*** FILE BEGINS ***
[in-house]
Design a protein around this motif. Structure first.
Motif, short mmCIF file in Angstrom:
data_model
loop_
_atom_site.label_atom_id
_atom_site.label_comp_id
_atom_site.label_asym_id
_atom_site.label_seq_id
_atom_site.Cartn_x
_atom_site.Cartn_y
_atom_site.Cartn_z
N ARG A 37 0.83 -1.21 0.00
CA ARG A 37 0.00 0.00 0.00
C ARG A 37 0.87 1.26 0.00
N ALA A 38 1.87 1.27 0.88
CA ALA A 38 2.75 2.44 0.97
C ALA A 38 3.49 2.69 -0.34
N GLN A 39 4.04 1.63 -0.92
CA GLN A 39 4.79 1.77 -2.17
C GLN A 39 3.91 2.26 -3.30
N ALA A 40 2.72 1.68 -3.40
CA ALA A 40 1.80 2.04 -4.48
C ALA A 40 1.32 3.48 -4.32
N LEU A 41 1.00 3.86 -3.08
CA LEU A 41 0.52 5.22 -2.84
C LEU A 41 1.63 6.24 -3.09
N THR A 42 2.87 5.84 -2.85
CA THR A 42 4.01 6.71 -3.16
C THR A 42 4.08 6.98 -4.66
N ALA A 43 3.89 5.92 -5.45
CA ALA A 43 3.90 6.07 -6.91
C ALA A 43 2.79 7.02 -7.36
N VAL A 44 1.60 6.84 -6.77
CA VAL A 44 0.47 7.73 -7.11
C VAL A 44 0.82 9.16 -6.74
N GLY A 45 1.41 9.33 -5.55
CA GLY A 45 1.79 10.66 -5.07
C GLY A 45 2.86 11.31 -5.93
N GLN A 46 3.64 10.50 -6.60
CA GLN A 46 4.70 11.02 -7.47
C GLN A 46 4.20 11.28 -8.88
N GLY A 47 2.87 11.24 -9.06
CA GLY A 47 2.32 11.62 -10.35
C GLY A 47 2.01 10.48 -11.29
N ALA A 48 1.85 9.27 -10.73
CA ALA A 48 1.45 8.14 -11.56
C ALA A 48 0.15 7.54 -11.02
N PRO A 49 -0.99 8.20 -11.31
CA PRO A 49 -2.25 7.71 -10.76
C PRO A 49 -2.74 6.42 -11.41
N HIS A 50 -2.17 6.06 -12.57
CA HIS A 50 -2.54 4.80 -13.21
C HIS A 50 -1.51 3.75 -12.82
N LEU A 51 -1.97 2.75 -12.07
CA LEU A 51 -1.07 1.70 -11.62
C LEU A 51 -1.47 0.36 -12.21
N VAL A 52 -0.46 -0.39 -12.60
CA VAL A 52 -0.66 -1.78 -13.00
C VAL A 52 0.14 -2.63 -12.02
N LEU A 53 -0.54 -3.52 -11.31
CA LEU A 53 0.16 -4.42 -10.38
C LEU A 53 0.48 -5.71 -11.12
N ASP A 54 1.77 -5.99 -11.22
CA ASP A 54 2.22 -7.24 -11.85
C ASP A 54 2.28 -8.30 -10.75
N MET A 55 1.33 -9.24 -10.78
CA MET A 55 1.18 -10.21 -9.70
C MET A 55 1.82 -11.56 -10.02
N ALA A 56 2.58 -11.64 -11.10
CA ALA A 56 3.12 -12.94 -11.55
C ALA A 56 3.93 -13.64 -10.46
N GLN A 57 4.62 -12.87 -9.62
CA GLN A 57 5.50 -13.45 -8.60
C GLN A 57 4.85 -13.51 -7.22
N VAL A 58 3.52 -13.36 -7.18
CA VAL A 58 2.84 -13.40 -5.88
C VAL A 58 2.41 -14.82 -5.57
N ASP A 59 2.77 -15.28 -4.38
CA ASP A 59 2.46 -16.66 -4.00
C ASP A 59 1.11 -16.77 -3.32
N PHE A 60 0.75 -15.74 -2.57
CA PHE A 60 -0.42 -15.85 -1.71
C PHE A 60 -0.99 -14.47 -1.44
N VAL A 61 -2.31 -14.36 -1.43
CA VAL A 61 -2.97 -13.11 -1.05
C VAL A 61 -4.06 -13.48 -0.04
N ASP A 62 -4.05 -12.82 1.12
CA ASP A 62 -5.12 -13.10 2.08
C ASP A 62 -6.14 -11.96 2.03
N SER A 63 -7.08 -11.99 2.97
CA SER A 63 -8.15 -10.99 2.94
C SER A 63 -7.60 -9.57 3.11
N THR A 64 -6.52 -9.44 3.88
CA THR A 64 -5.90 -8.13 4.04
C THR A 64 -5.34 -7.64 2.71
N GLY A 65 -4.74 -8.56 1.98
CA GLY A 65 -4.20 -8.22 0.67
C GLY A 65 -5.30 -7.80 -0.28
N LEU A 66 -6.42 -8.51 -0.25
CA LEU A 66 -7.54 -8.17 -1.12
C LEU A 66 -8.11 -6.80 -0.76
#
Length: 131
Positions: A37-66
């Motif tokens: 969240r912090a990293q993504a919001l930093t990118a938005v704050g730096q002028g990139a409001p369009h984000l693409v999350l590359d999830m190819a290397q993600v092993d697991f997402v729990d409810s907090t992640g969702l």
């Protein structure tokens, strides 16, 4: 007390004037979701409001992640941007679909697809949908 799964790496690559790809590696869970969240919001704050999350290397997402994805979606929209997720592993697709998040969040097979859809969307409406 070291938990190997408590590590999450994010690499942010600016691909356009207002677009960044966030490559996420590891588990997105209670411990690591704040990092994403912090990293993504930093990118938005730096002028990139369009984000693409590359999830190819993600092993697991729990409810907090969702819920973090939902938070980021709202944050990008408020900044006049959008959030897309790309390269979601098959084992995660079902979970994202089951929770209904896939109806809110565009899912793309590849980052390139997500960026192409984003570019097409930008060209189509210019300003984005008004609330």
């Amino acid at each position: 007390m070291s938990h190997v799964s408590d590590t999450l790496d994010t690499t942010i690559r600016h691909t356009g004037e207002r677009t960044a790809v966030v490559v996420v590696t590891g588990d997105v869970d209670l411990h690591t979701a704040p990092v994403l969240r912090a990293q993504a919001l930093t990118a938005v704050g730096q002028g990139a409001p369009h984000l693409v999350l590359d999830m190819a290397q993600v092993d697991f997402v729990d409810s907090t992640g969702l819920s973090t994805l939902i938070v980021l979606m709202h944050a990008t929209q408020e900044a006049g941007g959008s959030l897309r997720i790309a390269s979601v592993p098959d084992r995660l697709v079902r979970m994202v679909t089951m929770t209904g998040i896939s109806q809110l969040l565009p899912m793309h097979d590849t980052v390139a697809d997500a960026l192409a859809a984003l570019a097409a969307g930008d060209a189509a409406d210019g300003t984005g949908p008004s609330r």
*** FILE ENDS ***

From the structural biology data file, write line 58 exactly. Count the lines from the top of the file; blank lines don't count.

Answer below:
N VAL A 52 -0.46 -0.39 -12.60